France is Calling

by Mary Paynter, OP

Mary Paynter, OP
Mary Paynter, OP

When I was 7 or 8 years old, a friend of my father who was a salesman for Scribner Publishers gave me a big, beautiful, illustrated book called Seven Wonders of the Ancient World. I loved the pictures and the stories, and I would sit on my grandfather’s lap and carefully read it to him, pointing to each detail in the colorful drawings. The Colossus of Rhodes was my most favorite, although the Hanging Gardens of Babylon came in a close second. I think he gently pointed out to me that most of these wonders were long gone, but wonders still were to be found in the world, and maybe, one day, I would see them. That sounded wonderful, although terribly far off, but I really wished in my heart that some day I could sail under the spread legs of the great Colossus and enter the great city of Rhodes just as I thought the ancient peoples did.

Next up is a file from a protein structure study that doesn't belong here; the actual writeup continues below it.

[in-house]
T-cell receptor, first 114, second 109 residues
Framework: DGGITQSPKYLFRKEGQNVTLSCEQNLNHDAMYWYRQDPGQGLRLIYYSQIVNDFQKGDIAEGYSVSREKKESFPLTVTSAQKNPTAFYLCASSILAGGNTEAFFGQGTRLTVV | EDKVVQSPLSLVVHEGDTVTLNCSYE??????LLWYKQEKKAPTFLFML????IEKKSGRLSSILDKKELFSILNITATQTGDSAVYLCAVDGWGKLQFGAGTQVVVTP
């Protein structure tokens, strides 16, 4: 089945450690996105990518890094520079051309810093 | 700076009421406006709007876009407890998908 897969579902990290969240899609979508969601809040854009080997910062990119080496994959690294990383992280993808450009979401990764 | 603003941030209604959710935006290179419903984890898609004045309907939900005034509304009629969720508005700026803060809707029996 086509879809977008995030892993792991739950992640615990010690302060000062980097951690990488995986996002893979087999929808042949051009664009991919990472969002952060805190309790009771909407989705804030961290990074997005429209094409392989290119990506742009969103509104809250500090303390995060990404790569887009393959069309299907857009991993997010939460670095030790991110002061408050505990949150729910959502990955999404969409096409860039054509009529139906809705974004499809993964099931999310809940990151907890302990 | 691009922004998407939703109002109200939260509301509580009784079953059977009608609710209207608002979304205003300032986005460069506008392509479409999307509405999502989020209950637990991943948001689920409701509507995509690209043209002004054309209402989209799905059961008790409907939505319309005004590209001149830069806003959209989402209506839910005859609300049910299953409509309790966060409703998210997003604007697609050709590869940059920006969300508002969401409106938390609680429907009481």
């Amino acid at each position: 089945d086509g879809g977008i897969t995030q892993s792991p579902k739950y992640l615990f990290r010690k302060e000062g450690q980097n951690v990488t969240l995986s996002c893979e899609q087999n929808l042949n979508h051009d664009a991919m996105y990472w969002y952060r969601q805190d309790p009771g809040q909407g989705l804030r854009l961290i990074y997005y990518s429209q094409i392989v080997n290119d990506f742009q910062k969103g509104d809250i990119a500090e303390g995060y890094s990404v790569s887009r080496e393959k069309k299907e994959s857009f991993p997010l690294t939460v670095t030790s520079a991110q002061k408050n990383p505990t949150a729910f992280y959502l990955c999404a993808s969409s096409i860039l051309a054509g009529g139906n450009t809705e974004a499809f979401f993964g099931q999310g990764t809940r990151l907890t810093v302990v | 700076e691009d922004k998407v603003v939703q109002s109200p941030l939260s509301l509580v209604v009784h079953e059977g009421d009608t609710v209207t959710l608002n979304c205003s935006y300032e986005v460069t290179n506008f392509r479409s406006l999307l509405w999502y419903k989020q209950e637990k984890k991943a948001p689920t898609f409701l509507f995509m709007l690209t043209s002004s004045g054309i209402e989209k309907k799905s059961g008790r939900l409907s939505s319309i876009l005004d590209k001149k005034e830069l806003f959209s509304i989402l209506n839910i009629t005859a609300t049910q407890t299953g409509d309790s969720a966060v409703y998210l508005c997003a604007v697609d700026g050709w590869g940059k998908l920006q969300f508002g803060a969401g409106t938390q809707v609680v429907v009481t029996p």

Time passed, as time will do. I went to high school, then college, then on to graduate school. And what next? I thought, as I prepared for my master’s degree exams one August afternoon. As I sat in the University of Wisconsin library, tired of reading, I looked around at the shelves nearby. I was in the reference section, and one big, blue book caught my eye—Universities of the World. It was a rather prosaic-for-academics book, but I pulled it off the shelf and began browsing. At the time, I had a cousin working for the French Embassy in Paris, so I cast an eye on the French universities section. To my surprise, a footnote mentioned that scholarships were offered by the French government to American students—one scholarship for each state. Intrigued, I read the fine print—and found that a person need only apply through a French embassy or consulate. Well, why not, I figured. I carefully copied the information and decided to write to the French consulate in Chicago.

When I got home, I looked for an envelope and stamp, but I could only find a postcard. So, what the heck—I dashed off my name and address and requested an application. One week later, application papers arrived in the mail, with a formal letter stating that the Wisconsin scholarship was indeed available (presumably whoever had received it originally had recently turned it down), but I needed to apply at once. I did, and, VOILA! By mid-September I was on a Holland-America ship headed for France for study at the Sorbonne, and for a year’s exploration of the City of Light—truly one of the Wonders of the World—and it all began with a little penny postcard!